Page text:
The French government announced in September that it plans to ban pro-life websites found guilty of “deliberately deceiving” women with the appearance of neutrality.
Under an amendment to a current “Equality and Citizenship” law, owners of pro-life sites could face a 30,000 euro fine (about $33,600) and two years in prison, the same penalties that currently apply to “the offense of obstruction to abortion,” which has been illegal since 1993.
“Being hostile to abortion is an opinion protected by the civil liberties in France,” Laurence Rossignol, minister of families, children, and women’s rights, told the French news website Rue89. “But creating websites that have all official appearances to actually give biased information designed to deter, guilt, traumatize is not acceptable.”
One of the most popular targeted sites is ivg.net. (IVG is an acronym for “l’interruption volontaire de grossesse” or “voluntary interruption of pregnancy.”)
The site provides, among other things, help for “women who suffer from an abortion who finally find a place here to express their pain, ideologically denied in our country,” spokeswoman Marie Philippe said. “These women receive support and the opportunity to be recognized and understood in their pain.“
Ivg.net competes for top place in Google search results with the government site, ivg.gouv.fr, which touts, “Abortion, your right,” and mentions no risks associated with the procedure.
Framed in soft blues and featuring images of young women, ivg.net advertises a crisis line for women facing unexpected pregnancies. “You are pregnant and considering abortion? Don’t be alone!” the site declares. An écoutante, one page states, will be on the other line and will be someone who “listens, understands your feelings, and gives you time to talk.“
Other pages detail abortion methods, list facts about abortion’s health risks to the mother, and contain post after post from women talking about the deep regret they felt over their abortions.
“We offer help and support to every woman who in her heart would keep her child and undergoes outside pressure,” Philippe said, “We are shocked by the number of testimonies of women who were obliged to abort under the pressure and constraint of their community.”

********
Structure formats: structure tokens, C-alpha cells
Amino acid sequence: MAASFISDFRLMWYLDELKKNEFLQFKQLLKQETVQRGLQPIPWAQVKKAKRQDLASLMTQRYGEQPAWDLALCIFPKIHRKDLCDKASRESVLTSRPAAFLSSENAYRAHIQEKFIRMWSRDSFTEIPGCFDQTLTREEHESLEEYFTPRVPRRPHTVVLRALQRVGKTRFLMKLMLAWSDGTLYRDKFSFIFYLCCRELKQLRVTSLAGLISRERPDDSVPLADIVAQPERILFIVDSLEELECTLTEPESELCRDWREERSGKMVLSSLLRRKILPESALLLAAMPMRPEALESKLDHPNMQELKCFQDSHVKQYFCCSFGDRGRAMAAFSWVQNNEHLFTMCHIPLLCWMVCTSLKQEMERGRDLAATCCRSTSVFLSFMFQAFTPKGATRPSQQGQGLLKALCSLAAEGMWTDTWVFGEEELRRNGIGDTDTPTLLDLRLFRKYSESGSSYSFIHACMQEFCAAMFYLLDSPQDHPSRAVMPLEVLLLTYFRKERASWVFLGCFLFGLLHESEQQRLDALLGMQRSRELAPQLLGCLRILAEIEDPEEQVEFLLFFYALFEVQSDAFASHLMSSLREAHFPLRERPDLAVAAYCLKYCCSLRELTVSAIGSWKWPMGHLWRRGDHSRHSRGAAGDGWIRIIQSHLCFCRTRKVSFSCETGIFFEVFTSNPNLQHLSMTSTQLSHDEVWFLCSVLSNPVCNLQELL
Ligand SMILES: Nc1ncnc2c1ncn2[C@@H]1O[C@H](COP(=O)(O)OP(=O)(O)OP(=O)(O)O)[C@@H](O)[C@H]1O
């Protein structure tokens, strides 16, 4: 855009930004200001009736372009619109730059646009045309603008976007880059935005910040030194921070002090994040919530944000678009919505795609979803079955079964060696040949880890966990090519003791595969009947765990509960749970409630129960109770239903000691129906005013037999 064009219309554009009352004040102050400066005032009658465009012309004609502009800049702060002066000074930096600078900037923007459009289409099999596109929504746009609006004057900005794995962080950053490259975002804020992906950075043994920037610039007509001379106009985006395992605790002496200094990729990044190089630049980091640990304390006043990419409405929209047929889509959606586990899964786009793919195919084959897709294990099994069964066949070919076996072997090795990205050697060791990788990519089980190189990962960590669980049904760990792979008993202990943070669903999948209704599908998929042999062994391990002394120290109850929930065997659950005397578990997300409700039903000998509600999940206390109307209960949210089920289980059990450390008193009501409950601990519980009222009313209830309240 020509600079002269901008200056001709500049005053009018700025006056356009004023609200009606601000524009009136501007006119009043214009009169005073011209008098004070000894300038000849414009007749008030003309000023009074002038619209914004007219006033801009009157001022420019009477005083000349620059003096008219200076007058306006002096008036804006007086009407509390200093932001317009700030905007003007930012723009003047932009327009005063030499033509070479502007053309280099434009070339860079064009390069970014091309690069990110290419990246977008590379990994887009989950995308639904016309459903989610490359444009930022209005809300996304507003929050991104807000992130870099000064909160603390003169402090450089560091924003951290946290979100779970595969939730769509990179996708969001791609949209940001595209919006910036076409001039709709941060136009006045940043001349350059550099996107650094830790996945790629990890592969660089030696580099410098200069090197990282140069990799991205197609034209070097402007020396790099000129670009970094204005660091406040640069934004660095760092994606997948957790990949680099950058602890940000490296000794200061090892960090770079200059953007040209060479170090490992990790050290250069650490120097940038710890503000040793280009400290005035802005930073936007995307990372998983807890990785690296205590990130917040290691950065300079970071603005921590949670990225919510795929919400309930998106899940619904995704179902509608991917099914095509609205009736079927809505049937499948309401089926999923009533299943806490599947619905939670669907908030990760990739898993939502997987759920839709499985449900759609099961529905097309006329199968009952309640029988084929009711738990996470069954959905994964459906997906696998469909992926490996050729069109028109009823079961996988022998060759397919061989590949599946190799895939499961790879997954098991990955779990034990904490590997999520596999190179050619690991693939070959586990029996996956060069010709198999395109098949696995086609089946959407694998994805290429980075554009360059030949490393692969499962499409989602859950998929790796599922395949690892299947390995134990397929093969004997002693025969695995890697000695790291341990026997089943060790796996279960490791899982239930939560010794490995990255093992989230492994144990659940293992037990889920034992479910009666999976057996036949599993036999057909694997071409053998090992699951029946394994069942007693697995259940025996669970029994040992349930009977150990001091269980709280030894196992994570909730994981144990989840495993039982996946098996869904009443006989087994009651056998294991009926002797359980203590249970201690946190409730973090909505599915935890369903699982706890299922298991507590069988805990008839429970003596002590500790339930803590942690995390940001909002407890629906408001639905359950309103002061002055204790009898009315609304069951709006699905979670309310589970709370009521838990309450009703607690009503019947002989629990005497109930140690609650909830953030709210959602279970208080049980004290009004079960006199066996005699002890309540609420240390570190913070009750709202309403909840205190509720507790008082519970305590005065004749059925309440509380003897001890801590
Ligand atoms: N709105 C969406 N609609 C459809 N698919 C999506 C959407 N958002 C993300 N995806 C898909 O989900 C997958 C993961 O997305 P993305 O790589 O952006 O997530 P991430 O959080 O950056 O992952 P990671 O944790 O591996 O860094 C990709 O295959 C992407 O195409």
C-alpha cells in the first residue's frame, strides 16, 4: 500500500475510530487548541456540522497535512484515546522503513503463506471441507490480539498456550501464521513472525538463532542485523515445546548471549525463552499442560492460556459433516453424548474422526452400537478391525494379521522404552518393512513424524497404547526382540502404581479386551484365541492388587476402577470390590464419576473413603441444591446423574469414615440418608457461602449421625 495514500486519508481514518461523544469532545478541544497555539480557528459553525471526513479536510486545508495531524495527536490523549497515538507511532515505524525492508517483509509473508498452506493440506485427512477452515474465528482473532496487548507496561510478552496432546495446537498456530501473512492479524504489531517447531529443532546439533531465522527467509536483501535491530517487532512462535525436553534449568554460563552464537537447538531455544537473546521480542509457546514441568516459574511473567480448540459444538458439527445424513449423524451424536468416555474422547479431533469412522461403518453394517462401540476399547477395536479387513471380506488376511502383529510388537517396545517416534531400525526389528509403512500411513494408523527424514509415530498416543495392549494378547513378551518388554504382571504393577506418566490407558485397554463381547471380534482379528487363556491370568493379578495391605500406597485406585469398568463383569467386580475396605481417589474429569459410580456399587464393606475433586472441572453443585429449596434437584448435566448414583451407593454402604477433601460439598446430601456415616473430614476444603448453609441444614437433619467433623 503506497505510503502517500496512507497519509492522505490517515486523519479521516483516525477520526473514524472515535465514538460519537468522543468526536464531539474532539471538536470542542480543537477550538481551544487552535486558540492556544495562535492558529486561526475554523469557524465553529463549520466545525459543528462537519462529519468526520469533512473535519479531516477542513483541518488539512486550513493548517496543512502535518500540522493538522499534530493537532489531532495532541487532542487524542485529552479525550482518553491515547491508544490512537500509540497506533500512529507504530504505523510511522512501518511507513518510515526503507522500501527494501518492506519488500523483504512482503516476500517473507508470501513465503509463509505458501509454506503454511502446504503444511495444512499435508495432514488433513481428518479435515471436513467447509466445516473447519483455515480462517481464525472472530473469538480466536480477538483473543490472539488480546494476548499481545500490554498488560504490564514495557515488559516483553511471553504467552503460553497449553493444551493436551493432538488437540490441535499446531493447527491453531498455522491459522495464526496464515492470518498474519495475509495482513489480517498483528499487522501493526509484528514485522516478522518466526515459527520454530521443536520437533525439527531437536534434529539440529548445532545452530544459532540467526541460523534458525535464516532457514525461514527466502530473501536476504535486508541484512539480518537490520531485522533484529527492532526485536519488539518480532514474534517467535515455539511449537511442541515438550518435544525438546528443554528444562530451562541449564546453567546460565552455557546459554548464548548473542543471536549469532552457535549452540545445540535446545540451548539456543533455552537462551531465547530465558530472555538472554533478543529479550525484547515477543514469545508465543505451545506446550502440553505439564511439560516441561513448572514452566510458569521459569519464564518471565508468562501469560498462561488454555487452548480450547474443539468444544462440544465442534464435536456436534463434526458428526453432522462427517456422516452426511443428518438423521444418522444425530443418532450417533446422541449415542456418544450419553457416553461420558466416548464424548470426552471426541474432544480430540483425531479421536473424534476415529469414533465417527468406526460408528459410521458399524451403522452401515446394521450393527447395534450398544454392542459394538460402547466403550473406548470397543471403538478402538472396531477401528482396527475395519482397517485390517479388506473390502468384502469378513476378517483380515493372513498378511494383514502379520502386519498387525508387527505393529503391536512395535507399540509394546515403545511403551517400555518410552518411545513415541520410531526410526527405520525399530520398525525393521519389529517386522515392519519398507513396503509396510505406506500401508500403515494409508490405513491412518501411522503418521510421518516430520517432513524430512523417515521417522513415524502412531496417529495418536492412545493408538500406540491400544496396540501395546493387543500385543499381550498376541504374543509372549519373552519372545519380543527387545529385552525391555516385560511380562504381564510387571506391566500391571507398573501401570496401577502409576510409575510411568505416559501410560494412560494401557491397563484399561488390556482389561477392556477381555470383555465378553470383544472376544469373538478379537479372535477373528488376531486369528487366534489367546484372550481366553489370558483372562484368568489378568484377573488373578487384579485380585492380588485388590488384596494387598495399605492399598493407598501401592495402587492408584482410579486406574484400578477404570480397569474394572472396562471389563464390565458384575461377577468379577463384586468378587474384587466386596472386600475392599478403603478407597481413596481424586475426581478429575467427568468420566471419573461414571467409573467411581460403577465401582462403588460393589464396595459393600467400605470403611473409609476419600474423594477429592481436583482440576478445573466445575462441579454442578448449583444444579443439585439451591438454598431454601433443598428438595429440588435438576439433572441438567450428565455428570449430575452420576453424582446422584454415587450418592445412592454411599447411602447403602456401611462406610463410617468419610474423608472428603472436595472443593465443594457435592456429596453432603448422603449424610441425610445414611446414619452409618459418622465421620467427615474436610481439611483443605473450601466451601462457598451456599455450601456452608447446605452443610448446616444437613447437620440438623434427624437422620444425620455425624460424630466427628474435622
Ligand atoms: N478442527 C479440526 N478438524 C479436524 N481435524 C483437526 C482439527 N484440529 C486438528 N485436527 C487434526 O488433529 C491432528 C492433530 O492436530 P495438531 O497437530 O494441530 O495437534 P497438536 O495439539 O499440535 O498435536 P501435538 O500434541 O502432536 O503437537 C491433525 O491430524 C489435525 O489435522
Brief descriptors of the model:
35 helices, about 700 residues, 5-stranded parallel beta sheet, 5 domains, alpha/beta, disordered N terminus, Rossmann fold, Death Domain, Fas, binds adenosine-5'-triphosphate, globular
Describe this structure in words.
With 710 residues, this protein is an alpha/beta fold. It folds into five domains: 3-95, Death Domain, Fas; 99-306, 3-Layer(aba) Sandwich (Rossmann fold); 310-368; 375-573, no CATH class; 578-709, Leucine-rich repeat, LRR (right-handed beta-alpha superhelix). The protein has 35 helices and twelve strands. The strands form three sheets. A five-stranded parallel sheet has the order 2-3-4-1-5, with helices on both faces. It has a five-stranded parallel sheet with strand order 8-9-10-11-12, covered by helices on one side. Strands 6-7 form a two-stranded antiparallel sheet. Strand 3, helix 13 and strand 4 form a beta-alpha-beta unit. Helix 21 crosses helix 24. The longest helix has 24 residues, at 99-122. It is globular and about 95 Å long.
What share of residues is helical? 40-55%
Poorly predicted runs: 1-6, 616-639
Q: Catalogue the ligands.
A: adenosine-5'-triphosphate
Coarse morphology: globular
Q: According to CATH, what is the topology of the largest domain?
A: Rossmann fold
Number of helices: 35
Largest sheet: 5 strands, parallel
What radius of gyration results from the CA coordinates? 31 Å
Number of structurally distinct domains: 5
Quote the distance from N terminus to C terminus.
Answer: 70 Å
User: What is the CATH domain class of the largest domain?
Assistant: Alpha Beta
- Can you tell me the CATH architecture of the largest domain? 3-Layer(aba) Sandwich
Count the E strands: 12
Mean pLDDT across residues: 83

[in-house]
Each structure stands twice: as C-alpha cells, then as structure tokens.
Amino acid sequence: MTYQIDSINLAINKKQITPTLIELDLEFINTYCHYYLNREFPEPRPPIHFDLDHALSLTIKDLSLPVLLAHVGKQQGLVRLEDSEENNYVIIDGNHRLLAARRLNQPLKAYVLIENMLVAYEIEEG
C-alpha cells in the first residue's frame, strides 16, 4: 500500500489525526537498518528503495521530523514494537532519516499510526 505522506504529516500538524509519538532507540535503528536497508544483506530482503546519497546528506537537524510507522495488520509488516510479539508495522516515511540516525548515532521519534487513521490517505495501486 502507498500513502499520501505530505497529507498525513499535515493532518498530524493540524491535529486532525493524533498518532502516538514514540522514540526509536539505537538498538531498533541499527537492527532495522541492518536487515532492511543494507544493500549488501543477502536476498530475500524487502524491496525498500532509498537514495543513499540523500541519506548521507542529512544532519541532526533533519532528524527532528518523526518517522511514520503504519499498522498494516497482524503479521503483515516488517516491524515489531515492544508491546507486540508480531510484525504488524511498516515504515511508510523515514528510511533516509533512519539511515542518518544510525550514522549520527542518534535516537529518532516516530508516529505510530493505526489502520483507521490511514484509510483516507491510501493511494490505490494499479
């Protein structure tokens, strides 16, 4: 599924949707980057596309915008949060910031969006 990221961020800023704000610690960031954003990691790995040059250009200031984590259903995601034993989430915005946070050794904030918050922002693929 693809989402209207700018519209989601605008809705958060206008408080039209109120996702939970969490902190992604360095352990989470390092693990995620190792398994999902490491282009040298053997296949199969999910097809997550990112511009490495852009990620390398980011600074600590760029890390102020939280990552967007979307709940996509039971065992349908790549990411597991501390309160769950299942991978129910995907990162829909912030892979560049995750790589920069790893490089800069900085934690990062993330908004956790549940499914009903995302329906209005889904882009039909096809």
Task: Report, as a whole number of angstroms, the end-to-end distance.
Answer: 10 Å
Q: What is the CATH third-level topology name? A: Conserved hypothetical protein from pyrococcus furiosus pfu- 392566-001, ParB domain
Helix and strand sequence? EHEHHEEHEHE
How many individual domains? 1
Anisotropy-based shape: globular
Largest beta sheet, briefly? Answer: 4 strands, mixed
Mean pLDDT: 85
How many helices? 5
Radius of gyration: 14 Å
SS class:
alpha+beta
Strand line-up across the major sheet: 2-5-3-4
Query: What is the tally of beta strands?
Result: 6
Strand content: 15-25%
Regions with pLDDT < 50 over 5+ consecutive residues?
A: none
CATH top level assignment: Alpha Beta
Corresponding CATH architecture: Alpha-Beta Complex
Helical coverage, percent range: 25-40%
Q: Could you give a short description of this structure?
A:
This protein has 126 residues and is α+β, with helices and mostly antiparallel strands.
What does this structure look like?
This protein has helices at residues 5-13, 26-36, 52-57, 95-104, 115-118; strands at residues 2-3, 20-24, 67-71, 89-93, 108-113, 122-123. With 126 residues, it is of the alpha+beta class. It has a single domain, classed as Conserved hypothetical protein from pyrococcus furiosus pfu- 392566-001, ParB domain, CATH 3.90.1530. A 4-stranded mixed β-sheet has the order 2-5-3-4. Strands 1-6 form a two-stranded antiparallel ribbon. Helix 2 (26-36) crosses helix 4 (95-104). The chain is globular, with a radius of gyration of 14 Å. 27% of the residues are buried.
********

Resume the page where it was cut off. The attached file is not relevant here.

Rossignol claims sites like ivg.net parade as unbiased information sources but are designed to talk women out of their abortions.
“A woman facing an unwanted pregnancy is sometimes vulnerable,” she said. “The sites we are talking about take advantage of the complexity of situations and emotions to get them to renounce abortion.”
The new law would lump pro-life sites in with pro-anorexia sites and pro-terrorism sites, already banned by the French government.
Last year, the French National Assembly made it illegal to hire underweight models and banned “pro-ana” websites that esteem the starving physique. The month before, it attempted to block sites lauding terrorism. But the effort garnered ridicule after five targeted sites slipped past internet censors.
The French government already views pro-life activists as unsavory and bans them from standing outside abortion facilities to distribute pro-life literature.
In a 2013 case, retired pediatrician and pro-life activist Xavier Dor faced a 10,000 euro fine for entering an abortion facility and handing a woman knitted booties. Critics called his actions “extremely violent,” and the judge found him guilty of hindering an abortion.
“These people are a minority,” Rossignol said. “They are fanatics. So you have to limit their impact on society, and I do not know what the future holds.”
But Philippe considers the proposed ban a “media ideology assault,” and says her organization’s information does not force women to choose one way or another but simply allows them to make a “truly free” and informed decision.
“Abortion was designed for women’s liberation and not to be an additional enslavement,” she said. “So we do not seek to fight against some ideology, whether pro- or anti-abortion. Our concern is to prevent and relieve the suffering we come across daily.”
(EDITOR’S NOTE – Samantha Gobba writes for WORLD News Service, a division of WORLD Magazine, worldmag.com, based in Asheville, N.C. Used by permission.)